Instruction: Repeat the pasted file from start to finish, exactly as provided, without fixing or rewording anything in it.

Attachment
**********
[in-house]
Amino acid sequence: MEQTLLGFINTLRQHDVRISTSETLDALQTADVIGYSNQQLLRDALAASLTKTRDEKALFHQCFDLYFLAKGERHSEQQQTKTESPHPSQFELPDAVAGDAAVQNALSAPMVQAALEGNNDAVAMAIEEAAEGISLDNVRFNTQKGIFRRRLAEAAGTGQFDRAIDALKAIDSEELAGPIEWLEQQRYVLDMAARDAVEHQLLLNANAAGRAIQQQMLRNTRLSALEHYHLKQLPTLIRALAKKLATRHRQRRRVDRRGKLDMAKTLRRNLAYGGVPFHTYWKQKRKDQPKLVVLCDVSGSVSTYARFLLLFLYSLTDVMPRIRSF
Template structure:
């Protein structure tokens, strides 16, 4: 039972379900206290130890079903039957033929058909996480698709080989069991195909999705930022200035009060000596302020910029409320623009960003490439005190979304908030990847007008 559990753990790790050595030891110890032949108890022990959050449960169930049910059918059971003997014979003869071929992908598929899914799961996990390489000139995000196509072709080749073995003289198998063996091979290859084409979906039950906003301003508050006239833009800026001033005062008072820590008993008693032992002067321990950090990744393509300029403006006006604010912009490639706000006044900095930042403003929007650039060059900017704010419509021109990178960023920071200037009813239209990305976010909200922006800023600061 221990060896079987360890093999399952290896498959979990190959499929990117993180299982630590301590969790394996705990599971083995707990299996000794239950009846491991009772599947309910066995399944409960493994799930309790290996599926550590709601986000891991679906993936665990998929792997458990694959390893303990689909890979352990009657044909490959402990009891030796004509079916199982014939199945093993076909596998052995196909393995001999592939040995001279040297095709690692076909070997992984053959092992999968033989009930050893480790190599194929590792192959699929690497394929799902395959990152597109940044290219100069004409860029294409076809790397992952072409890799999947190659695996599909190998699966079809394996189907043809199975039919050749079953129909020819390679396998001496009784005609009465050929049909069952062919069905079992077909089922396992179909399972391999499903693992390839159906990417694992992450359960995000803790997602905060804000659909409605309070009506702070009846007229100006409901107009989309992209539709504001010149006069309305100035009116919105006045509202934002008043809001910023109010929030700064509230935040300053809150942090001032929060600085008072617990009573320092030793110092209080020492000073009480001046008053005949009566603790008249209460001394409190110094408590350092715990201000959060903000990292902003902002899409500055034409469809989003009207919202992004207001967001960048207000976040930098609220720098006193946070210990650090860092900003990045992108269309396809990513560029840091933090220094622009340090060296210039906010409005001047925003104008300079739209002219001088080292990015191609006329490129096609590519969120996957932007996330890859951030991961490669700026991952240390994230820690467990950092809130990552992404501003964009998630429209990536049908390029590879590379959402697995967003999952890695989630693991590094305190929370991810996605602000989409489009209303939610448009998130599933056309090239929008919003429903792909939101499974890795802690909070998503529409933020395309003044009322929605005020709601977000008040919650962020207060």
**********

[in-house]
Amino acid sequence: MEQTLLGFINTLRQHDVRISTSETLDALQTADVIGYSNQQLLRDALAASLTKTRDEKALFHQCFDLYFLAKGERHSEQQQTKTESPHPSQFELPDAVAGDAAVQNALSAPMVQAALEGNNDAVAMAIEEAAEGISLDNVRFNTQKGIFRRRLAEAAGTGQFDRAIDALKAIDSEELAGPIEWLEQQRYVLDMAARDAVEHQLLLNANAAGRAIQQQMLRNTRLSALEHYHLKQLPTLIRALAKKLATRHRQRRRVDRRGKLDMAKTLRRNLAYGGVPFHTYWKQKRKDQPKLVVLCDVSGSVSTYARFLLLFLYSLTDVMPRIRSF
Template structure:
């Protein structure tokens, strides 16, 4: 039972379900206290130890079903039957033929058909996480698709080989069991195909999705930022200035009060000596302020910029409320623009960003490439005190979304908030990847007008 559990753990790790050595030891110890032949108890022990959050449960169930049910059918059971003997014979003869071929992908598929899914799961996990390489000139995000196509072709080749073995003289198998063996091979290859084409979906039950906003301003508050006239833009800026001033005062008072820590008993008693032992002067321990950090990744393509300029403006006006604010912009490639706000006044900095930042403003929007650039060059900017704010419509021109990178960023920071200037009813239209990305976010909200922006800023600061 221990060896079987360890093999399952290896498959979990190959499929990117993180299982630590301590969790394996705990599971083995707990299996000794239950009846491991009772599947309910066995399944409960493994799930309790290996599926550590709601986000891991679906993936665990998929792997458990694959390893303990689909890979352990009657044909490959402990009891030796004509079916199982014939199945093993076909596998052995196909393995001999592939040995001279040297095709690692076909070997992984053959092992999968033989009930050893480790190599194929590792192959699929690497394929799902395959990152597109940044290219100069004409860029294409076809790397992952072409890799999947190659695996599909190998699966079809394996189907043809199975039919050749079953129909020819390679396998001496009784005609009465050929049909069952062919069905079992077909089922396992179909399972391999499903693992390839159906990417694992992450359960995000803790997602905060804000659909409605309070009506702070009846007229100006409901107009989309992209539709504001010149006069309305100035009116919105006045509202934002008043809001910023109010929030700064509230935040300053809150942090001032929060600085008072617990009573320092030793110092209080020492000073009480001046008053005949009566603790008249209460001394409190110094408590350092715990201000959060903000990292902003902002899409500055034409469809989003009207919202992004207001967001960048207000976040930098609220720098006193946070210990650090860092900003990045992108269309396809990513560029840091933090220094622009340090060296210039906010409005001047925003104008300079739209002219001088080292990015191609006329490129096609590519969120996957932007996330890859951030991961490669700026991952240390994230820690467990950092809130990552992404501003964009998630429209990536049908390029590879590379959402697995967003999952890695989630693991590094305190929370991810996605602000989409489009209303939610448009998130599933056309090239929008919003429903792909939101499974890795802690909070998503529409933020395309003044009322929605005020709601977000008040919650962020207060």